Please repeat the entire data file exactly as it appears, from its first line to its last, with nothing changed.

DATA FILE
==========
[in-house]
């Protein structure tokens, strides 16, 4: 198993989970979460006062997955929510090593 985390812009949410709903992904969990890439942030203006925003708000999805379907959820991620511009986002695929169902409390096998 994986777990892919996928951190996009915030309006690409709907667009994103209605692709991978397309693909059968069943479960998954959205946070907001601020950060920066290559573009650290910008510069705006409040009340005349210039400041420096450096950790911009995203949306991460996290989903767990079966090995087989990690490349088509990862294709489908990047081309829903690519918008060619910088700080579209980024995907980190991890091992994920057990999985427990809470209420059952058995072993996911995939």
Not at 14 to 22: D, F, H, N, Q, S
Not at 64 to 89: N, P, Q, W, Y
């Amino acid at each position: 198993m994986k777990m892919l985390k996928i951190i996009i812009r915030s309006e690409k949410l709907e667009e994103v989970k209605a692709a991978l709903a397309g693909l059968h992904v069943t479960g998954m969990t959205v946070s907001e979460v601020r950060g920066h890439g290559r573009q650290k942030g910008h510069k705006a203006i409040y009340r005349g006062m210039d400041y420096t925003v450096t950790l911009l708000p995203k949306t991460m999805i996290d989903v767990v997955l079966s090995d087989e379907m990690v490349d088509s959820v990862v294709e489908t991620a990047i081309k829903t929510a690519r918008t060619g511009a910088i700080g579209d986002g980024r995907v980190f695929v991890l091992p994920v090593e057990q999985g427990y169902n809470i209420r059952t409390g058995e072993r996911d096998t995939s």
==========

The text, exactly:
[in-house]
């Protein structure tokens, strides 16, 4: 198993989970979460006062997955929510090593 985390812009949410709903992904969990890439942030203006925003708000999805379907959820991620511009986002695929169902409390096998 994986777990892919996928951190996009915030309006690409709907667009994103209605692709991978397309693909059968069943479960998954959205946070907001601020950060920066290559573009650290910008510069705006409040009340005349210039400041420096450096950790911009995203949306991460996290989903767990079966090995087989990690490349088509990862294709489908990047081309829903690519918008060619910088700080579209980024995907980190991890091992994920057990999985427990809470209420059952058995072993996911995939």
Not at 14 to 22: D, F, H, N, Q, S
Not at 64 to 89: N, P, Q, W, Y
């Amino acid at each position: 198993m994986k777990m892919l985390k996928i951190i996009i812009r915030s309006e690409k949410l709907e667009e994103v989970k209605a692709a991978l709903a397309g693909l059968h992904v069943t479960g998954m969990t959205v946070s907001e979460v601020r950060g920066h890439g290559r573009q650290k942030g910008h510069k705006a203006i409040y009340r005349g006062m210039d400041y420096t925003v450096t950790l911009l708000p995203k949306t991460m999805i996290d989903v767990v997955l079966s090995d087989e379907m990690v490349d088509s959820v990862v294709e489908t991620a990047i081309k829903t929510a690519r918008t060619g511009a910088i700080g579209d986002g980024r995907v980190f695929v991890l091992p994920v090593e057990q999985g427990y169902n809470i209420r059952t409390g058995e072993r996911d096998t995939s």